Tide Pod challenge, Bottle Flip challenge, Blue Whale challenge, #InMyFeelings challenge, Momo challenge… new online challenges emerge regularly and quickly proliferate on social media, particularly among children and young people. They range from positive, helpful and funny to frightening, potentially harmful and even fatal. But why are they so popular? What are the possible risks they entail? And how can we ensure that children and young people, and all internet users, remain safe?
Children and young people challenging themselves and each other is not a new phenomenon; it existed well before digital technologies appeared in our daily lives. What has changed since then, however, is that the digital space has allowed challenges to spread more widely, reaching a much larger audience rapidly, both in terms of people becoming aware of the challenges and having a platform to share their participation in such activities. Social media have increased our tendency to show ourselves and our daily lives online. Peer pressure also plays a major role: online users, especially younger ones, seek to both imitate and impress their friends, because it makes them feel like they belong to a certain group.
When it comes to the riskier challenges, they can also be a way for young people to test their own limits. But in some extreme cases, they can become dangerous and potentially fatal. In May 2017, Geert and Anita Reynders' son, Tim, lost his life after trying the "choking game" alone at home; an act of suffocating on purpose – in which participants cut off the blood supply from the brain to trigger a warm, fuzzy feeling – which can have potentially fatal consequences.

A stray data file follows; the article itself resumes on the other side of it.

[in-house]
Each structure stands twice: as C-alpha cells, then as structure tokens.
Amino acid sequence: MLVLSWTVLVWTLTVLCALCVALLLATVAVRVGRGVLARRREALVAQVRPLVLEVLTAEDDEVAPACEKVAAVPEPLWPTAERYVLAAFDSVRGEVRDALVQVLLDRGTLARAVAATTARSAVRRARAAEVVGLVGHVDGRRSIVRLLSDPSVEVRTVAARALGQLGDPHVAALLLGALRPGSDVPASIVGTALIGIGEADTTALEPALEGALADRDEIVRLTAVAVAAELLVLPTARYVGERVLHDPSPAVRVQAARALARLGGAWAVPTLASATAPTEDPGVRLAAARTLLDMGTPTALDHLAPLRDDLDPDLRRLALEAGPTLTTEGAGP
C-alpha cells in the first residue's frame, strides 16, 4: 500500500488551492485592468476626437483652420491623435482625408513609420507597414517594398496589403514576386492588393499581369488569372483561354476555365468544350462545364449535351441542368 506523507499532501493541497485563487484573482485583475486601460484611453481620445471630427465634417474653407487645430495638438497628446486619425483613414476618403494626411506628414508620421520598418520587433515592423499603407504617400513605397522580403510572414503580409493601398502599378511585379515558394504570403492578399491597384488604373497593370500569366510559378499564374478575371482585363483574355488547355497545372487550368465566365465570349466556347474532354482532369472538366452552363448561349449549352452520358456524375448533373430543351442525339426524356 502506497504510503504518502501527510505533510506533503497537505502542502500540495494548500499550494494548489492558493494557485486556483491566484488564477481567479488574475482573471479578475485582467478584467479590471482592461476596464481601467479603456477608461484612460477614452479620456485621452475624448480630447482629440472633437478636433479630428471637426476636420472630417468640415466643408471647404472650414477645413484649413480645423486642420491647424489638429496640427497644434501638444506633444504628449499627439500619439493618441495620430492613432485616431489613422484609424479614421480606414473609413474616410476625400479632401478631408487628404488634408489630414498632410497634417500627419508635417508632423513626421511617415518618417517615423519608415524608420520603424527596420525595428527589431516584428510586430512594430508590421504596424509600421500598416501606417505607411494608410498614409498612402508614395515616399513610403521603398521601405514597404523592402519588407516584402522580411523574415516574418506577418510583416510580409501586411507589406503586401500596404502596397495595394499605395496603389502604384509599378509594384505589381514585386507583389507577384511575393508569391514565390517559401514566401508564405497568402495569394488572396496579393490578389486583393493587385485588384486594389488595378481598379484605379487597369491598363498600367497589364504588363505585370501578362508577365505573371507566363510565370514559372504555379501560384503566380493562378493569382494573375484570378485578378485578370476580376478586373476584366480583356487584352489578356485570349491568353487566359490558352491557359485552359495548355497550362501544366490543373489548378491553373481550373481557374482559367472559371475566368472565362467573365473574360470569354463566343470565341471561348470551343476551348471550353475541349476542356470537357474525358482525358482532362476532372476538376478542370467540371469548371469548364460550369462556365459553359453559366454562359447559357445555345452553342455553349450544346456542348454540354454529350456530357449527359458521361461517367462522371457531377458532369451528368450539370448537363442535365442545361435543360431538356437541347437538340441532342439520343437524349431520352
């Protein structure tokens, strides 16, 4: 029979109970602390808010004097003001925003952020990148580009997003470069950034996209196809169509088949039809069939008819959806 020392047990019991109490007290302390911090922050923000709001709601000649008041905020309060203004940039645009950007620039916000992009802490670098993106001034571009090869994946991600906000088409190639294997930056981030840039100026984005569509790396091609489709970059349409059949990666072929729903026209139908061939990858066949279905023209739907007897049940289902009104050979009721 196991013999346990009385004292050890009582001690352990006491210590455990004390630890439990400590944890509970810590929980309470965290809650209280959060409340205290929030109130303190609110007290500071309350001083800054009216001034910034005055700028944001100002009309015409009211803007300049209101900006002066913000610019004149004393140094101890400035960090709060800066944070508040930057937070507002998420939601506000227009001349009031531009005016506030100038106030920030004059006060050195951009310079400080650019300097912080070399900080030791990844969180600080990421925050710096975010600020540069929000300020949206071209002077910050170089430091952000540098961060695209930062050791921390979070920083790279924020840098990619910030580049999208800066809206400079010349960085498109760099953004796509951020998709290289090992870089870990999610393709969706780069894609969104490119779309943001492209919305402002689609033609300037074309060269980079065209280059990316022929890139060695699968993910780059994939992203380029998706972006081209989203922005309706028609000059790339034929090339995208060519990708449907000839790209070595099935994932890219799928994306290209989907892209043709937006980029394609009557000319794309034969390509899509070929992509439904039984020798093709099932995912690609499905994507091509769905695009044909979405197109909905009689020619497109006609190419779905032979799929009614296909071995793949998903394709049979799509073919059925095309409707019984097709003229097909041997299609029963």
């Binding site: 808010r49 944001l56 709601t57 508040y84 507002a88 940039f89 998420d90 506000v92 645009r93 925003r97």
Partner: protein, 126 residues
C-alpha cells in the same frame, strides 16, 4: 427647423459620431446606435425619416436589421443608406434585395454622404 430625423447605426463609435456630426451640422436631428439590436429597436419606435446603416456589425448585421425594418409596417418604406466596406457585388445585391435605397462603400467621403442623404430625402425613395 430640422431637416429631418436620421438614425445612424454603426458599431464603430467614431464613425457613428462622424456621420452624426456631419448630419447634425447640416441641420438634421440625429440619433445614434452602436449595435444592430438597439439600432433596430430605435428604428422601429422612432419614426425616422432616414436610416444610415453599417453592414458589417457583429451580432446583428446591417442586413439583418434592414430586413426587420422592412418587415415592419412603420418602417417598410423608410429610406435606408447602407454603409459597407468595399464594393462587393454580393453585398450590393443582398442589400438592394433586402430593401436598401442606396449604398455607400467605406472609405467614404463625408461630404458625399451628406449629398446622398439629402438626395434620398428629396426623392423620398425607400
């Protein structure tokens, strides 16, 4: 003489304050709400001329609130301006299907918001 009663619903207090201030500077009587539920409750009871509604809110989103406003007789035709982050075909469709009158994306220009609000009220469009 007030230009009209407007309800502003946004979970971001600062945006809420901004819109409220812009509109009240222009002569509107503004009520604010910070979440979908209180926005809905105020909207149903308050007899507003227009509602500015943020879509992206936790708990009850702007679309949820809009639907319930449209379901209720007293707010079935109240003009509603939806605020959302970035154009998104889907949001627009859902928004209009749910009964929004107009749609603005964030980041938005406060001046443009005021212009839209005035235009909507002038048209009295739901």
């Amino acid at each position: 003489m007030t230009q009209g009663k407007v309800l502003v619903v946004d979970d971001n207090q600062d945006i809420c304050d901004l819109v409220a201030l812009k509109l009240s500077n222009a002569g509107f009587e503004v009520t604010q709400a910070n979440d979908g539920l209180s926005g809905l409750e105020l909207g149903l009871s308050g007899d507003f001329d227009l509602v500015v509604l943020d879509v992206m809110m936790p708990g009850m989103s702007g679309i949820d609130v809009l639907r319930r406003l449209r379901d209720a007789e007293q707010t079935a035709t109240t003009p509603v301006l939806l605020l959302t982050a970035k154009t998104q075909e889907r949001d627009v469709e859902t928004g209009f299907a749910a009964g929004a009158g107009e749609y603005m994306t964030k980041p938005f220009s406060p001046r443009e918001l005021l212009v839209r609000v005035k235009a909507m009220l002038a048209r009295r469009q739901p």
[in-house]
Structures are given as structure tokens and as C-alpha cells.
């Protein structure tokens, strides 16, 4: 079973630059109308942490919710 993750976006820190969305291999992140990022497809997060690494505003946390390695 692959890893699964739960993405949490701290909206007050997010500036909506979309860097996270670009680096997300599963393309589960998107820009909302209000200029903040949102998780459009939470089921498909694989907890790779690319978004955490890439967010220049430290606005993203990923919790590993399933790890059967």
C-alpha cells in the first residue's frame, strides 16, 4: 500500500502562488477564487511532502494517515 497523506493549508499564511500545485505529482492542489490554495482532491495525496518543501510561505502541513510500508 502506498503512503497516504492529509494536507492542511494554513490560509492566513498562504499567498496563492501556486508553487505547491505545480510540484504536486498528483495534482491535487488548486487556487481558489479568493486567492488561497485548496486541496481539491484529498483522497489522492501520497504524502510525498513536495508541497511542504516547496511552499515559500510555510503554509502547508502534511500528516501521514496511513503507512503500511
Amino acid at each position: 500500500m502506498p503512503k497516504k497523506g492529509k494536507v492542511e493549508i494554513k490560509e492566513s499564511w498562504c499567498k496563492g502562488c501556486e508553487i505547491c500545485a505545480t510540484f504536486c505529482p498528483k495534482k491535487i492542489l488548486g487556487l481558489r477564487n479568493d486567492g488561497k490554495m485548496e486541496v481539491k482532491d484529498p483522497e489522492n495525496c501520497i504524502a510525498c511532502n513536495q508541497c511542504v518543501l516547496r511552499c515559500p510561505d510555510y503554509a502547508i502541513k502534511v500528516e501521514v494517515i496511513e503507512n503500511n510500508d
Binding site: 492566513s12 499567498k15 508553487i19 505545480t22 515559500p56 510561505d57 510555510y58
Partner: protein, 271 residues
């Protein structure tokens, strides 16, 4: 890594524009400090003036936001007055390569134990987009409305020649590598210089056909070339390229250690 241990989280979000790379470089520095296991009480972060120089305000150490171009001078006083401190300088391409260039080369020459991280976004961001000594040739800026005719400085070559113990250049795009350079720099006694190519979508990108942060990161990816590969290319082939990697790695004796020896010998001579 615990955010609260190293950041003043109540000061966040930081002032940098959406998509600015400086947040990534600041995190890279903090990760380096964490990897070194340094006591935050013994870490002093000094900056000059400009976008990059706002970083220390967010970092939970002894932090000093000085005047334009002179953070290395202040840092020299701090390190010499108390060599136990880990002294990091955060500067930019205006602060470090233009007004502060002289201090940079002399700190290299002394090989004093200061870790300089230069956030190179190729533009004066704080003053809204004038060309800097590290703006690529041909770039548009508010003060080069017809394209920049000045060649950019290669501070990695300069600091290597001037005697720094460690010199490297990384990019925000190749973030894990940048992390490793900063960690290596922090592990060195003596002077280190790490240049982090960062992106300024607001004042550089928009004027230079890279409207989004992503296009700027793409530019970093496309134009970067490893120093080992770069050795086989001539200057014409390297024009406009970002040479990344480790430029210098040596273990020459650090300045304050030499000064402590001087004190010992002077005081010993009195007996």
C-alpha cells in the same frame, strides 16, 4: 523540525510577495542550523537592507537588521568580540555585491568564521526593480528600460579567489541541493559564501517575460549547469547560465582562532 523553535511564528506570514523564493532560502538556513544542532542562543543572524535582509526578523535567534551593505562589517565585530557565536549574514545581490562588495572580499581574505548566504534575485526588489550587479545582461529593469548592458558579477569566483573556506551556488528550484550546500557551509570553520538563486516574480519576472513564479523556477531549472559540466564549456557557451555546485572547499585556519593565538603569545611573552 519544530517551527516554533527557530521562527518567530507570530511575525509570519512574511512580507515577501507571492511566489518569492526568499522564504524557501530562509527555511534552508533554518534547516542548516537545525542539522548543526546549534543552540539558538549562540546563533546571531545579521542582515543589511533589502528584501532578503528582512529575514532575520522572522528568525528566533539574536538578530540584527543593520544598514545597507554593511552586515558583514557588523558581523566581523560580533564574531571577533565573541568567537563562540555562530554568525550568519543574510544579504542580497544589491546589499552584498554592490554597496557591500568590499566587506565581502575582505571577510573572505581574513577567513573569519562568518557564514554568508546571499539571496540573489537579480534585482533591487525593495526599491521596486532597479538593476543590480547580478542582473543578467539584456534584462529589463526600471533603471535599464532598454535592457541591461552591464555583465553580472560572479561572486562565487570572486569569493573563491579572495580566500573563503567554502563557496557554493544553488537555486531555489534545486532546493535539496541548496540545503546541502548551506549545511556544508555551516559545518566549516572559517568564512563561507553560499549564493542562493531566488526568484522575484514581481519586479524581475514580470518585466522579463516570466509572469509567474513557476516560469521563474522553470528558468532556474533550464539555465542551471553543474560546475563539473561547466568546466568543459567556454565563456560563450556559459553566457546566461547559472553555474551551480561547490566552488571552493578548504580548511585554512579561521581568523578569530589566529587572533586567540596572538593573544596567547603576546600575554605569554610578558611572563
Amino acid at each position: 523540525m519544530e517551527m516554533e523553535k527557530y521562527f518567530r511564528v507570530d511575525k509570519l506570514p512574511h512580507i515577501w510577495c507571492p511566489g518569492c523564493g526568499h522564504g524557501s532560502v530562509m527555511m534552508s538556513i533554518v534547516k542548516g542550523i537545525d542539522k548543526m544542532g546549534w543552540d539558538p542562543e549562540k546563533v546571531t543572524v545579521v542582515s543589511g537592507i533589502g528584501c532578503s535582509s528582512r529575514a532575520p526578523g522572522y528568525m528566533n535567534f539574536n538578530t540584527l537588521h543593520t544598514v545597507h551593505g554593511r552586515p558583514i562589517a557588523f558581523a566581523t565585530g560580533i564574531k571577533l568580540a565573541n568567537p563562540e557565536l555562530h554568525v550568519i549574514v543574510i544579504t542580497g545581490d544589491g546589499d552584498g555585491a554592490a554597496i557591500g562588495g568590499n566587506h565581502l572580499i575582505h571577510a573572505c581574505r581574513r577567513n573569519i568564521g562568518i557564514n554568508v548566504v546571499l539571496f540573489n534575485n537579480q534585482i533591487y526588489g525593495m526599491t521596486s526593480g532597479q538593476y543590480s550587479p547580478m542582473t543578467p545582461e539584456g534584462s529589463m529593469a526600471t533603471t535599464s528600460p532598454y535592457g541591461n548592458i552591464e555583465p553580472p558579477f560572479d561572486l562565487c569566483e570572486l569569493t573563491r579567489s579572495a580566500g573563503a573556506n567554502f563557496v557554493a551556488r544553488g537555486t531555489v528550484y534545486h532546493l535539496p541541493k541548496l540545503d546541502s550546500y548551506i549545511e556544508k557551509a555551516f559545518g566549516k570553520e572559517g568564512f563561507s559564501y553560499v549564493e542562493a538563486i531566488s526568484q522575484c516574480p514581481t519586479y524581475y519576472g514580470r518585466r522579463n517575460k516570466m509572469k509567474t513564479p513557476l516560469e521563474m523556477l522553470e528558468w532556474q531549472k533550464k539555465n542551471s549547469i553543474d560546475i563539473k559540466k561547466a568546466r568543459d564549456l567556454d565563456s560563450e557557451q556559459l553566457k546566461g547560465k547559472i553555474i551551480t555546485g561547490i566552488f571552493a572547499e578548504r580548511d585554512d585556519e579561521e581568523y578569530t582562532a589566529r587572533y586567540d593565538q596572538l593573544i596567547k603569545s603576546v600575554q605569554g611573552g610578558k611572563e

Following on from Tim's death, Geert and Anita started an initiative to raise awareness of dangerous online challenges among parents and young people, giving interviews to national newspapers and appearing on national television and radio. During that time, they received several letters from other parents who had been through similarly tragic events, but did not have the energy to bring this issue out into the open, or indeed had been advised against it.
In June 2017, Geert and Anita announced their intention to bring together a group of experts to shed light on the topic of dangerous online challenges, and asked volunteers to join them.
Several months later, they launched T.I.M. (Tegen Internet Misstanden, which means "Against Internet Abuse" in Dutch). Through this Foundation, they provide parents and professionals with accessible information, publish a newsletter about emerging challenges and their potentially dangerous consequences (informed by a medical team), and are also working on an information movie. They strive to spread their message through social (Facebook, Instagram and Twitter) and conventional media (television, radio, newspapers).
Their work is now focusing on informing young people directly, although there is a delicate balance to reach in that regard: how do you warn young people about certain online challenges without piquing their curiosity and giving them bad ideas? That is why Foundation T.I.M. seeks to raise awareness of dangerous online challenges by establishing a constant dialogue with young people themselves.